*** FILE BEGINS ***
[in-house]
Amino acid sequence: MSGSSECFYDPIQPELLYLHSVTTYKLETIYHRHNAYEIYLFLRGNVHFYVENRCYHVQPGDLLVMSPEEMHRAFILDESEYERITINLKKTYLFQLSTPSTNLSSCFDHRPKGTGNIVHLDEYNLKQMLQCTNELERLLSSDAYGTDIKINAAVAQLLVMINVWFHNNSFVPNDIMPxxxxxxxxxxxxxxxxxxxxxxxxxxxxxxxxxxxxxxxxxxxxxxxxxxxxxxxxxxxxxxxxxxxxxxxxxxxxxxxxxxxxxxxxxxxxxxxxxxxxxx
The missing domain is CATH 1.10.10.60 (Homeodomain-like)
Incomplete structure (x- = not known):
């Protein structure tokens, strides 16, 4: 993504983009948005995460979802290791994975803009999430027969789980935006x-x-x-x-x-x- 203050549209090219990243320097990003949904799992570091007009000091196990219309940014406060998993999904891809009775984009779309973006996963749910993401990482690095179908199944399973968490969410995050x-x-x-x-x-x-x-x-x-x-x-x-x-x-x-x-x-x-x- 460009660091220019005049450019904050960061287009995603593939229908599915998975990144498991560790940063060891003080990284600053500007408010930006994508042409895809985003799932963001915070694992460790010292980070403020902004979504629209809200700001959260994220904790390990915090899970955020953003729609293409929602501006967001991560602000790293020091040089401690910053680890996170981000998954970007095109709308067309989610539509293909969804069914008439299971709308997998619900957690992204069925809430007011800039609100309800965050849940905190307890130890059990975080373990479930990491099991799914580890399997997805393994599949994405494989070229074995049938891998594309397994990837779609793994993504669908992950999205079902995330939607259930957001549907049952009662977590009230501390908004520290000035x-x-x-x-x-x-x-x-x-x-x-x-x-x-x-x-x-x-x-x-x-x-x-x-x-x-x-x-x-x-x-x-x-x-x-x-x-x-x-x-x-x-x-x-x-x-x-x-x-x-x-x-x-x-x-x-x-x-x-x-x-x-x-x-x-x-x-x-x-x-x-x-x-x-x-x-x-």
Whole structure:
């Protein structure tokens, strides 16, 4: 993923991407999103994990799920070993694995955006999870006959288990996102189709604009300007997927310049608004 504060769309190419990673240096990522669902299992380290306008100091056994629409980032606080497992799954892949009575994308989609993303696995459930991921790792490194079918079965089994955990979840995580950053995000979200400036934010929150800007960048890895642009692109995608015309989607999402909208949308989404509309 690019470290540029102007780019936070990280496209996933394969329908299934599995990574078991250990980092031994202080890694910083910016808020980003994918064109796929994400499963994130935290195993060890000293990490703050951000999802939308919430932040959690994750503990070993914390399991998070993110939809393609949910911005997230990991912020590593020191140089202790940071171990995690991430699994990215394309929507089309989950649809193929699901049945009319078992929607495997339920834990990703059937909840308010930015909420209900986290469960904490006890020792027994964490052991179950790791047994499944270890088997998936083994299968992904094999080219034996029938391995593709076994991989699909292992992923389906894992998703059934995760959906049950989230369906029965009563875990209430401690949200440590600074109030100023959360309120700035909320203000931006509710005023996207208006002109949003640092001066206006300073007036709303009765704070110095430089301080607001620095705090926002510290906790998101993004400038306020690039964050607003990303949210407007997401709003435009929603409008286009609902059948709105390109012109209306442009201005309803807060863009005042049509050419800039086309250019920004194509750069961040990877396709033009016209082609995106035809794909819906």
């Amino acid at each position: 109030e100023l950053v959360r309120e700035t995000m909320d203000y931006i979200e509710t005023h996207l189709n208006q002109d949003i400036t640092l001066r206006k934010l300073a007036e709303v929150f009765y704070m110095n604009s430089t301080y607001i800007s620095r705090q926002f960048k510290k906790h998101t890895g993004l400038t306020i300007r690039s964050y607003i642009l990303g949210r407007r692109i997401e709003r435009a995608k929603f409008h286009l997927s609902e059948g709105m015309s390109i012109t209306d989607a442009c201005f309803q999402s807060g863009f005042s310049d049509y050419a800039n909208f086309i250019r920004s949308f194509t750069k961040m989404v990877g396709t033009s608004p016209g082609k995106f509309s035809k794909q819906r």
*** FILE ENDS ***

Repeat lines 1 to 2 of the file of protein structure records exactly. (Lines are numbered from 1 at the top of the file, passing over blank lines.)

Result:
[in-house]
Amino acid sequence: MSGSSECFYDPIQPELLYLHSVTTYKLETIYHRHNAYEIYLFLRGNVHFYVENRCYHVQPGDLLVMSPEEMHRAFILDESEYERITINLKKTYLFQLSTPSTNLSSCFDHRPKGTGNIVHLDEYNLKQMLQCTNELERLLSSDAYGTDIKINAAVAQLLVMINVWFHNNSFVPNDIMPxxxxxxxxxxxxxxxxxxxxxxxxxxxxxxxxxxxxxxxxxxxxxxxxxxxxxxxxxxxxxxxxxxxxxxxxxxxxxxxxxxxxxxxxxxxxxxxxxxxxxx